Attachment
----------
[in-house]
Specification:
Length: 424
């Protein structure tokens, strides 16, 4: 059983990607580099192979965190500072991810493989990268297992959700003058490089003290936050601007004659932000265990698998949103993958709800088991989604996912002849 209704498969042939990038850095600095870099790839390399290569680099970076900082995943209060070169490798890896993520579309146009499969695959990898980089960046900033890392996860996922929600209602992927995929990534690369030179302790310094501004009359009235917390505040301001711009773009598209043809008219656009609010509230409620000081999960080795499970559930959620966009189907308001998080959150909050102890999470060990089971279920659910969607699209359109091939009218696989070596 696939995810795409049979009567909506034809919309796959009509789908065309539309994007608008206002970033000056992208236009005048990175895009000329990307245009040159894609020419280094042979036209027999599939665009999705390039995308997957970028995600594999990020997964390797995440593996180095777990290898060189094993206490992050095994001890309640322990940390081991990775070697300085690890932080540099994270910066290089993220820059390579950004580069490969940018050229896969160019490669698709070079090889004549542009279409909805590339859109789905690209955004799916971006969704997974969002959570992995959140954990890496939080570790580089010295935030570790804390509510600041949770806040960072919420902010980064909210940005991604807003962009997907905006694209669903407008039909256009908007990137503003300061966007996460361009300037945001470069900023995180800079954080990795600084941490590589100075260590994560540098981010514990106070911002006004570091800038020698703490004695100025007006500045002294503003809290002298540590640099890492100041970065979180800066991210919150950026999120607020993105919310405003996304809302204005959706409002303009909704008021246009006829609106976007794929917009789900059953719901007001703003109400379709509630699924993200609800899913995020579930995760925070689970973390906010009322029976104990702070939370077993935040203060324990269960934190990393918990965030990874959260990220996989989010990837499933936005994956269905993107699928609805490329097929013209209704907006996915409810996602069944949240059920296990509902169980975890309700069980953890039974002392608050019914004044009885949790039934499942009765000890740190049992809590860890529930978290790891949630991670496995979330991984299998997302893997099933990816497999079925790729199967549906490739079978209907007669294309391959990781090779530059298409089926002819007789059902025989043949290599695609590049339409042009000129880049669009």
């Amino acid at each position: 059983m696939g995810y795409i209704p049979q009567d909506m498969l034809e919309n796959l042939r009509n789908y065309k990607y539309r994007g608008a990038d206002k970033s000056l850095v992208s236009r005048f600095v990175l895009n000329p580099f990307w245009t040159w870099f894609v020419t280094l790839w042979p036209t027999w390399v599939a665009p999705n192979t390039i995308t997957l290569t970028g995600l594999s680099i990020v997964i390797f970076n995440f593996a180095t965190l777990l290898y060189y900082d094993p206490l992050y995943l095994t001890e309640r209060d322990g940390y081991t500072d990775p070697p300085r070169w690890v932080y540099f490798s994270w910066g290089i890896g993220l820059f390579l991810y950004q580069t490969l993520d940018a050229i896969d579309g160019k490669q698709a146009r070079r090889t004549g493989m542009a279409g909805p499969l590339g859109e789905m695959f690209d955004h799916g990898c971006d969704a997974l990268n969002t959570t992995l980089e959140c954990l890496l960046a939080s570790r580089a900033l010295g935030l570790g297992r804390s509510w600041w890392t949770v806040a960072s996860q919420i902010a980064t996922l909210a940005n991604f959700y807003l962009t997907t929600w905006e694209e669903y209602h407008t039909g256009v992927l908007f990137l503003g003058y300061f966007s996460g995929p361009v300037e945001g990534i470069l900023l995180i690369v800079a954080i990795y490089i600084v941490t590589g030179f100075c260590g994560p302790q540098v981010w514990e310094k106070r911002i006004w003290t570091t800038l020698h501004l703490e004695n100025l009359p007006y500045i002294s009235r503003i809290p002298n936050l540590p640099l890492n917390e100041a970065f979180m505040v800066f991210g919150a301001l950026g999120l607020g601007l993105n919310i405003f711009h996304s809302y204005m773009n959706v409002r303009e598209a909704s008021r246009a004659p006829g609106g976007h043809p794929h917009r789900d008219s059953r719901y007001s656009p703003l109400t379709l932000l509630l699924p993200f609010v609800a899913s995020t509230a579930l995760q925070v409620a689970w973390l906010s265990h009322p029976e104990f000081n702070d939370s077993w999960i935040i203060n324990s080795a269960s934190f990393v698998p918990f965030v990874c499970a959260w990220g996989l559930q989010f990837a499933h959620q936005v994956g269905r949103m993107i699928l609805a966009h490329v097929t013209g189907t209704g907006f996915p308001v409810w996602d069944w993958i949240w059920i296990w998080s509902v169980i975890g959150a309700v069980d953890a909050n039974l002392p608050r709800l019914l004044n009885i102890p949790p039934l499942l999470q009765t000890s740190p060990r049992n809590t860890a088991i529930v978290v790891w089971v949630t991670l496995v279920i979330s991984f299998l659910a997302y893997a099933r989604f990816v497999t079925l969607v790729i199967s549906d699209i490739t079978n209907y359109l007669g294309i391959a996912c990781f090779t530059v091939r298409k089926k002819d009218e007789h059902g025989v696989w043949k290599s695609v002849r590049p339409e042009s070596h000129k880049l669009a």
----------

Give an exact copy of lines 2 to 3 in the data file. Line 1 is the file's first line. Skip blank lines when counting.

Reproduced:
Specification:
Length: 424